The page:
I think that was, for them, very nice. Also, I would start off the day with a conversation, which wouldn’t necessarily have anything to do with the scene. But I would start the conversation by asking them questions. How hard is it for you to apologize? What’s your relationship to your parents? What are your fears? What are your dreams? Then I would get them heated up and then I would say, “All right, now we’re going into the scene.” And I would leave it to Leone. And Leone would take over.

SS: You mentioned earlier that you weren’t sure exactly how the audiences would receive the film. Has there been anything particularly surprising or memorable about the audience reception?

IC: I think one of the most beautiful moments that I’ve had in a screening was in Germany, where I had teachers and their students sitting in the theater, and afterwards, we would have a q&a. And one of the students said, “Thank you for this film, because I wasn’t aware of how much pressure a teacher has to go through. We’re always very hard with our teachers, and we call them bad names. And watching this film now, actually gives me a sense of empathy for their job.” And that was just very moving. Because all the teachers were also very moved by that, you know? I got many responses from teachers saying, “Hey, thank you for this film. This is exactly what we go through.”

And personally, I gotta say that, for me, it was just very valuable to do that research, and to go into schools and spend some time with teachers in the lounge, in the classroom, and see them work. Because I have enormous respect for anybody who says I’m going to be a teacher and who wants to do this. It’s such a hard job, really. And it’s such an important job at the same time. So, yeah, I always feel very good when I get responses from teachers or students who watch the film.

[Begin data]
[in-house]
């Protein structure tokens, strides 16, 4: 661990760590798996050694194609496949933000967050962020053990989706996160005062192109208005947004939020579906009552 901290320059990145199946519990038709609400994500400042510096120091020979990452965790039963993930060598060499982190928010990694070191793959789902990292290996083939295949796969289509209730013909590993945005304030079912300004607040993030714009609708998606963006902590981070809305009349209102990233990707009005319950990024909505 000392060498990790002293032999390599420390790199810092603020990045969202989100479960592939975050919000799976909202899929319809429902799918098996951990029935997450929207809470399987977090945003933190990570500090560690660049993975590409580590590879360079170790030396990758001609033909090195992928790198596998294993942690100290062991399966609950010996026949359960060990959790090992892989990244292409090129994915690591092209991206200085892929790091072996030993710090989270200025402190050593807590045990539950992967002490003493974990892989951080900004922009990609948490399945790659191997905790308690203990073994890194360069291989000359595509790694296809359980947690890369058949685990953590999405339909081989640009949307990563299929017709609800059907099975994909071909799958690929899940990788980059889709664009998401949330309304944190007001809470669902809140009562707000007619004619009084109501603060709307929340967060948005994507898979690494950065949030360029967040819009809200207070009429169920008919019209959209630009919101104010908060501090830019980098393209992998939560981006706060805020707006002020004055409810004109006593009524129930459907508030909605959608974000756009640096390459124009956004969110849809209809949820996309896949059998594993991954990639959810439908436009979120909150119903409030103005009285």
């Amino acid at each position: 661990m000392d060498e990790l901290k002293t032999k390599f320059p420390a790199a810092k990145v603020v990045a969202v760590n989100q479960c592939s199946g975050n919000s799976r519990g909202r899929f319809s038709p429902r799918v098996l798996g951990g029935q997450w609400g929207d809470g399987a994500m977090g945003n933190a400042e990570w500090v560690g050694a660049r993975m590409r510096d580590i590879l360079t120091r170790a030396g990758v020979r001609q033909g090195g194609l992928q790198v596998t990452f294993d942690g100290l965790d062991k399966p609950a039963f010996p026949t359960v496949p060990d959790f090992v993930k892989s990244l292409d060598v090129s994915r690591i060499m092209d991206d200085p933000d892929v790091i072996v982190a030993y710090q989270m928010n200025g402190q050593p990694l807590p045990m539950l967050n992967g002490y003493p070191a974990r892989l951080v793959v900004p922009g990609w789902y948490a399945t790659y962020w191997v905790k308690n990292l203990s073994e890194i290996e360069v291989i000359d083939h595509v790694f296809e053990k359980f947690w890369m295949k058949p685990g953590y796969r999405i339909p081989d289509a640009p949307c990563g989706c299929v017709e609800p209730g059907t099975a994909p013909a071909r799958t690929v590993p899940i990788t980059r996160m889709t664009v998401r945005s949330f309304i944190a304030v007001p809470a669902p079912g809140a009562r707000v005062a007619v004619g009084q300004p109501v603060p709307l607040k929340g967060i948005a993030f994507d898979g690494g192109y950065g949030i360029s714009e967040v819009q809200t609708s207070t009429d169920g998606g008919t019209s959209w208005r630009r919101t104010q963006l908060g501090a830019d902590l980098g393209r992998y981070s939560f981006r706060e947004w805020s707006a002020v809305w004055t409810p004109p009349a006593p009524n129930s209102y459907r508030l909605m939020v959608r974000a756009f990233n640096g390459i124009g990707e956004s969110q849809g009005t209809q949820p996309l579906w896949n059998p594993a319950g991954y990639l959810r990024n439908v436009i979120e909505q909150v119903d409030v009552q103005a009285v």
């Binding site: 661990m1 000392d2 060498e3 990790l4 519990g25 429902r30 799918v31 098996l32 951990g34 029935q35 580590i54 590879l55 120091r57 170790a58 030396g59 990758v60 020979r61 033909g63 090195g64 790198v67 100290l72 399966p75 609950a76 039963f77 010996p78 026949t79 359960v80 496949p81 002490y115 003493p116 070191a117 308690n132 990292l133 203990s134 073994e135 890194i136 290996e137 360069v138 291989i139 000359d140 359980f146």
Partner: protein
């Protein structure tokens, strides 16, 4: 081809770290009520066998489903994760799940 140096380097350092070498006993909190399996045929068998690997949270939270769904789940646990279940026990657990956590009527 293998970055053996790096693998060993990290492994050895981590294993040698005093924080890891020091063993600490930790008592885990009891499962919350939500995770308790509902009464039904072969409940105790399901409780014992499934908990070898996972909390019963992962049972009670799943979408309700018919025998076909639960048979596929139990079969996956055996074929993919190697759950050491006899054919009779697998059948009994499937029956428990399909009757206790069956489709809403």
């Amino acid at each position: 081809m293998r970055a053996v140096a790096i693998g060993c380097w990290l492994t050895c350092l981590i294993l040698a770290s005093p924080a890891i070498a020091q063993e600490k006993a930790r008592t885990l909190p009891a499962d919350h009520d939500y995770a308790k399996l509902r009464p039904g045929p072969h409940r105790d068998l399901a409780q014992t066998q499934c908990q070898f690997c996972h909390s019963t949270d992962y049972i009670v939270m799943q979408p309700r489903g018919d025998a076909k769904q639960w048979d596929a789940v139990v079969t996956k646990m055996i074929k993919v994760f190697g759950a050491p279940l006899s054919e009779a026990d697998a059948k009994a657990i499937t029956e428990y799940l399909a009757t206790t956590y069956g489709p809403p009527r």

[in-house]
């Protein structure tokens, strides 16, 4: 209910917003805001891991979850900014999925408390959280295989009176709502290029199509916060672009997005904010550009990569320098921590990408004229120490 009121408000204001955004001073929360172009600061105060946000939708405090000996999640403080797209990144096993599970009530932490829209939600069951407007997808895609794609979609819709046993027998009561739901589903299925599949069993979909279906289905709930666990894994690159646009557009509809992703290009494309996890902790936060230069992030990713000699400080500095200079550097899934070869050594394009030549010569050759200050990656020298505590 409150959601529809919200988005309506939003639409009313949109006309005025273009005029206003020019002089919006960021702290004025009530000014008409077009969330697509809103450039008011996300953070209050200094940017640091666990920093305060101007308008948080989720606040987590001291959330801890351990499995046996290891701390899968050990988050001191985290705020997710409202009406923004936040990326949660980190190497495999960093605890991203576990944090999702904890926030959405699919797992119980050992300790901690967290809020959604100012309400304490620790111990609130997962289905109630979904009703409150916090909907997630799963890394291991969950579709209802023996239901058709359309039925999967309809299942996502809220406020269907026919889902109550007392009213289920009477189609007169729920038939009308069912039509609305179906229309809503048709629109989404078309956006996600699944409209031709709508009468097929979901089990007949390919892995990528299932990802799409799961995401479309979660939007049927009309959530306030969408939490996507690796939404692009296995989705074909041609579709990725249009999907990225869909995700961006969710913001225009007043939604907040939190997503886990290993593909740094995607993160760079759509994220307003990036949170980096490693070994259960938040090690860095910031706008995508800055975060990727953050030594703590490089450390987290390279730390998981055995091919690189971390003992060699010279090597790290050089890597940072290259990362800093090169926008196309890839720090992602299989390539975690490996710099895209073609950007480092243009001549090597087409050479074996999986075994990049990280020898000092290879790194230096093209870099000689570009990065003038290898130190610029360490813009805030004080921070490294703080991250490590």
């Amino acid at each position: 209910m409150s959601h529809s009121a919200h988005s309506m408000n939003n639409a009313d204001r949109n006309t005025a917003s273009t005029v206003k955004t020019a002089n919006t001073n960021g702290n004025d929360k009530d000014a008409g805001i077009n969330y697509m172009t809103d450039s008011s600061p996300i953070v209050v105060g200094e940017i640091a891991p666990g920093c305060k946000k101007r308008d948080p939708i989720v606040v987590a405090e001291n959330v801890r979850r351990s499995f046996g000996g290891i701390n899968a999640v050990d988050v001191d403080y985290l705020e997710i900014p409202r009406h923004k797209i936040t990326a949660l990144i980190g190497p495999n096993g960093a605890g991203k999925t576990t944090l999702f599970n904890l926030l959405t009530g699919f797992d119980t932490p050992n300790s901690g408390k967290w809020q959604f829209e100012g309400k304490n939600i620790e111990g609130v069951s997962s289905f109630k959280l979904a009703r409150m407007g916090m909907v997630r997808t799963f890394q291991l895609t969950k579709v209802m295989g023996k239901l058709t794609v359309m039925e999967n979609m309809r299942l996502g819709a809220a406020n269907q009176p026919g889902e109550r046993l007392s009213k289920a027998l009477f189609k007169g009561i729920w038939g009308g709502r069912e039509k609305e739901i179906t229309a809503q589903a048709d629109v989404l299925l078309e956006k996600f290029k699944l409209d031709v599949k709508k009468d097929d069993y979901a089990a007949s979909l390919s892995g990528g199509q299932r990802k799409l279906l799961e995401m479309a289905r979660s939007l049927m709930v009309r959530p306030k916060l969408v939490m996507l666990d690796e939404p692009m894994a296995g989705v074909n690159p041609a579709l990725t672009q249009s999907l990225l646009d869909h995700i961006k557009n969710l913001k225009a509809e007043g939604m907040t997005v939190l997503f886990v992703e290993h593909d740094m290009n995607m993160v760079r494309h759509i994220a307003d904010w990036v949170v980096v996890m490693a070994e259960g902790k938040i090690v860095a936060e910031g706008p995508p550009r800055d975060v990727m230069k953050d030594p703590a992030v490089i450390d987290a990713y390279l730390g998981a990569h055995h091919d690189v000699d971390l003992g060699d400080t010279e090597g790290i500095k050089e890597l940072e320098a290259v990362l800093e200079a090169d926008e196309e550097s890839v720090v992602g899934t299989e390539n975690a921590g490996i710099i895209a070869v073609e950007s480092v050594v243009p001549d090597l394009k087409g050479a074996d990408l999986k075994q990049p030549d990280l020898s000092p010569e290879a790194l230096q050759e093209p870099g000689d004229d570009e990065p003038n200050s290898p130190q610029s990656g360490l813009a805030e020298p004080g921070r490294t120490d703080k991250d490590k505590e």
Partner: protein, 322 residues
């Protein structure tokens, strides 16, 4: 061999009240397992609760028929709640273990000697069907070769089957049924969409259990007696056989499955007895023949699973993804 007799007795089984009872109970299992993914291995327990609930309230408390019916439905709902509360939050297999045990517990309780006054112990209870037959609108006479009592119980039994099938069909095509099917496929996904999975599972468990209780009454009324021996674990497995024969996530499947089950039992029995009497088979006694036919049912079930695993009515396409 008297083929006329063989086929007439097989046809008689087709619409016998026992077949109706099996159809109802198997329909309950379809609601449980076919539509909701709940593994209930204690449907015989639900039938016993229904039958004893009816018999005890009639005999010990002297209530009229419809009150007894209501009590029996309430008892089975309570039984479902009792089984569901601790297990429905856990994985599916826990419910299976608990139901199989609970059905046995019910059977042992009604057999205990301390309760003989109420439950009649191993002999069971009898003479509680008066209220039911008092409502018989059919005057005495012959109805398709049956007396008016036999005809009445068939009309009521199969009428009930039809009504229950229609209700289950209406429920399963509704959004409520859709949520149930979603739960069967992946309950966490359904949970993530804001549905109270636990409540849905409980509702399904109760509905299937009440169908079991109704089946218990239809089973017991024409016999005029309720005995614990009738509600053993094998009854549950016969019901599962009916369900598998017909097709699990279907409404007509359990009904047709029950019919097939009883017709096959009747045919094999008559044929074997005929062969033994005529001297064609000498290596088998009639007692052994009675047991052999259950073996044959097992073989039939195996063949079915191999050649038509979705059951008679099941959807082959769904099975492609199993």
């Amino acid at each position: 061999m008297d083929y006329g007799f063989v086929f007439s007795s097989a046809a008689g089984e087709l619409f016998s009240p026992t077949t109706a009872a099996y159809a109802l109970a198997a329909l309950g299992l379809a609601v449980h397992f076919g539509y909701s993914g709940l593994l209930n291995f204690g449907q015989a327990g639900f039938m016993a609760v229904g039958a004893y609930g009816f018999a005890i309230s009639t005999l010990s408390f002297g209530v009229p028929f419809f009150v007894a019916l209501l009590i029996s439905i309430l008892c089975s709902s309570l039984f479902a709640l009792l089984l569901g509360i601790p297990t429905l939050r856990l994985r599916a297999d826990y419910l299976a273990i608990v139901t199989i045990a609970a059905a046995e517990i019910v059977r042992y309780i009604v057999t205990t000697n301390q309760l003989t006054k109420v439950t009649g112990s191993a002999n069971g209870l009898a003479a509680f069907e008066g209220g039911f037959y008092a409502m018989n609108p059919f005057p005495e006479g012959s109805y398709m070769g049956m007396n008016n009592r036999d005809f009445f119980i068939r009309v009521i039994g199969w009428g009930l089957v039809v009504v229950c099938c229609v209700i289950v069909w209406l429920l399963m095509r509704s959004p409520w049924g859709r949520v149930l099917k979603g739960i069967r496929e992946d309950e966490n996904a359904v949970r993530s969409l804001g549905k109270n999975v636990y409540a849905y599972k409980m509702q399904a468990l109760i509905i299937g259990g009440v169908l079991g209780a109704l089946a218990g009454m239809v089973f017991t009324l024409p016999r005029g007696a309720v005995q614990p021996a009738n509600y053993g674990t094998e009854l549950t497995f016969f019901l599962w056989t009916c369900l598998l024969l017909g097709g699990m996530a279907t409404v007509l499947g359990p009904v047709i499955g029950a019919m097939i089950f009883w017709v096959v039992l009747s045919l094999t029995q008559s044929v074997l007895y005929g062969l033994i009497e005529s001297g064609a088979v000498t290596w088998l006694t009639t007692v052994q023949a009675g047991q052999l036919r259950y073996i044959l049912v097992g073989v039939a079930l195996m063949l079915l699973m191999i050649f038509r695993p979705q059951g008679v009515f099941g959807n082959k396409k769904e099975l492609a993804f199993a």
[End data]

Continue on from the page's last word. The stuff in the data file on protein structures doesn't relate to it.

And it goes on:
SS: I remember a tweet where someone was mentioning the trend of films about women being accusations. Were you thinking about gender dynamics while you were writing the film, especially as a male director? And did you ever consider having the central character be a man?

IC: It was a very deliberate and very non-disputable decision to make her a woman. First and foremost, because I wanted to work with Leone. But also because I think there are some sexist moments in the film that only a woman can understand. It was also important to me to make her a person who’s not of German heritage. Because as I already said, I know what it feels like to be the only one or to have to deal with certain things.

Before the film was made, somebody said, as a feedback to our screenplay, “Hey, why don’t we learn anything about her? I want to know what her boyfriend looks like.” And I said, “Maybe she doesn’t have a boyfriend? How about that? Maybe she’s into women.” I actually don’t think it’s important for the story. I don’t think it’s important for an audience to see what their private life is like, because ultimately, it tells more about a character to see them make a decision, especially under pressure, than to see who she’s surrounding herself with. So I’m just very happy Leone made it. She has something that really stands out, I think. When you look into her face, you can interpret. It’s like a projection, you can see everything you want to see, and you can see everything you don’t want to see. This face is just so precious.

[This interview has been edited for length and clarity]


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Written by Shane Slater

Shane Slater is a passionate cinephile whose love for cinema led him to creating his blog Film Actually in 2009. Since then, he has written for, and The Spool. Based in Kingston, Jamaica, he relishes the film festival experience, having covered TIFF, NYFF and Sundance among others. He is a proud member of the African-American Film Critics Association.